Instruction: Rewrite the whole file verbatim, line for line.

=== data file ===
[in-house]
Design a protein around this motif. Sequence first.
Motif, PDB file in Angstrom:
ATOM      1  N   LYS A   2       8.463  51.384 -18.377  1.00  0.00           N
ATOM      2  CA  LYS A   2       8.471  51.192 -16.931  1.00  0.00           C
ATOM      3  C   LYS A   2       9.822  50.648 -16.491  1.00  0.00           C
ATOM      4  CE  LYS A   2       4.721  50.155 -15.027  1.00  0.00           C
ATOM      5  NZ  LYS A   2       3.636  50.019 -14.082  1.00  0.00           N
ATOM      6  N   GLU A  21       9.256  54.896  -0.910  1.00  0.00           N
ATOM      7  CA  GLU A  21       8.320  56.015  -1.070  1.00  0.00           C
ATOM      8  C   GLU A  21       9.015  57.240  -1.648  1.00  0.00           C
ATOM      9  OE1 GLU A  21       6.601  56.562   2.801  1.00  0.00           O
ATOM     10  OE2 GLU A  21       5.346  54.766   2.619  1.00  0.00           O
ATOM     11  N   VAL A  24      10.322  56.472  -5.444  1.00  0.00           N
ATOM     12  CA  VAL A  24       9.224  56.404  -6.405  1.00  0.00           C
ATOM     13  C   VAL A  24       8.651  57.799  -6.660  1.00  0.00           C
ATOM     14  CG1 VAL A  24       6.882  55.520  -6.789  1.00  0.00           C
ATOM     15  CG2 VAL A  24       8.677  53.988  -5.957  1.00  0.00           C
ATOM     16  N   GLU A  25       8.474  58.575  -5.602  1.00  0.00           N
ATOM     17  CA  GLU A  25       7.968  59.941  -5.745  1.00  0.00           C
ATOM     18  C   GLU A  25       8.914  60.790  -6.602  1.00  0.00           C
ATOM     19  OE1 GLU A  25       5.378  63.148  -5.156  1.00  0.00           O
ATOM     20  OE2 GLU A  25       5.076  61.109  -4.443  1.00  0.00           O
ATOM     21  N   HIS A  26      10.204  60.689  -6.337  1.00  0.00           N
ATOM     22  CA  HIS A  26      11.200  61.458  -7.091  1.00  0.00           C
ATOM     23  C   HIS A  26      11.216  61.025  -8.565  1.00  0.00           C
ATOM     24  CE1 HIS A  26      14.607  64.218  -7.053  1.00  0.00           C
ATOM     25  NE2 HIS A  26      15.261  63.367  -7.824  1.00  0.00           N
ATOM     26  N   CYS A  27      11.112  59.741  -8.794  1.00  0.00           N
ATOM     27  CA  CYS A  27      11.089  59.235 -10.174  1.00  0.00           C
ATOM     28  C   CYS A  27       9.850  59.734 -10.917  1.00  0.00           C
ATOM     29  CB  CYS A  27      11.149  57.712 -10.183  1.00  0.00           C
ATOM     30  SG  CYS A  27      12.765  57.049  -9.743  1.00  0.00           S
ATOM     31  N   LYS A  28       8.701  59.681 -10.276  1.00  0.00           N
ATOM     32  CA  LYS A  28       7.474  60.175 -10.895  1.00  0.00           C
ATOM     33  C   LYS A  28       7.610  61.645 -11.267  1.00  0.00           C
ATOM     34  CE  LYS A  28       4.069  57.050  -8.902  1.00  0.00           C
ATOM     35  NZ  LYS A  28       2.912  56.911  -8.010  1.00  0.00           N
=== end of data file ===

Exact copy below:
[in-house]
Design a protein around this motif. Sequence first.
Motif, PDB file in Angstrom:
ATOM      1  N   LYS A   2       8.463  51.384 -18.377  1.00  0.00           N
ATOM      2  CA  LYS A   2       8.471  51.192 -16.931  1.00  0.00           C
ATOM      3  C   LYS A   2       9.822  50.648 -16.491  1.00  0.00           C
ATOM      4  CE  LYS A   2       4.721  50.155 -15.027  1.00  0.00           C
ATOM      5  NZ  LYS A   2       3.636  50.019 -14.082  1.00  0.00           N
ATOM      6  N   GLU A  21       9.256  54.896  -0.910  1.00  0.00           N
ATOM      7  CA  GLU A  21       8.320  56.015  -1.070  1.00  0.00           C
ATOM      8  C   GLU A  21       9.015  57.240  -1.648  1.00  0.00           C
ATOM      9  OE1 GLU A  21       6.601  56.562   2.801  1.00  0.00           O
ATOM     10  OE2 GLU A  21       5.346  54.766   2.619  1.00  0.00           O
ATOM     11  N   VAL A  24      10.322  56.472  -5.444  1.00  0.00           N
ATOM     12  CA  VAL A  24       9.224  56.404  -6.405  1.00  0.00           C
ATOM     13  C   VAL A  24       8.651  57.799  -6.660  1.00  0.00           C
ATOM     14  CG1 VAL A  24       6.882  55.520  -6.789  1.00  0.00           C
ATOM     15  CG2 VAL A  24       8.677  53.988  -5.957  1.00  0.00           C
ATOM     16  N   GLU A  25       8.474  58.575  -5.602  1.00  0.00           N
ATOM     17  CA  GLU A  25       7.968  59.941  -5.745  1.00  0.00           C
ATOM     18  C   GLU A  25       8.914  60.790  -6.602  1.00  0.00           C
ATOM     19  OE1 GLU A  25       5.378  63.148  -5.156  1.00  0.00           O
ATOM     20  OE2 GLU A  25       5.076  61.109  -4.443  1.00  0.00           O
ATOM     21  N   HIS A  26      10.204  60.689  -6.337  1.00  0.00           N
ATOM     22  CA  HIS A  26      11.200  61.458  -7.091  1.00  0.00           C
ATOM     23  C   HIS A  26      11.216  61.025  -8.565  1.00  0.00           C
ATOM     24  CE1 HIS A  26      14.607  64.218  -7.053  1.00  0.00           C
ATOM     25  NE2 HIS A  26      15.261  63.367  -7.824  1.00  0.00           N
ATOM     26  N   CYS A  27      11.112  59.741  -8.794  1.00  0.00           N
ATOM     27  CA  CYS A  27      11.089  59.235 -10.174  1.00  0.00           C
ATOM     28  C   CYS A  27       9.850  59.734 -10.917  1.00  0.00           C
ATOM     29  CB  CYS A  27      11.149  57.712 -10.183  1.00  0.00           C
ATOM     30  SG  CYS A  27      12.765  57.049  -9.743  1.00  0.00           S
ATOM     31  N   LYS A  28       8.701  59.681 -10.276  1.00  0.00           N
ATOM     32  CA  LYS A  28       7.474  60.175 -10.895  1.00  0.00           C
ATOM     33  C   LYS A  28       7.610  61.645 -11.267  1.00  0.00           C
ATOM     34  CE  LYS A  28       4.069  57.050  -8.902  1.00  0.00           C
ATOM     35  NZ  LYS A  28       2.912  56.911  -8.010  1.00  0.00           N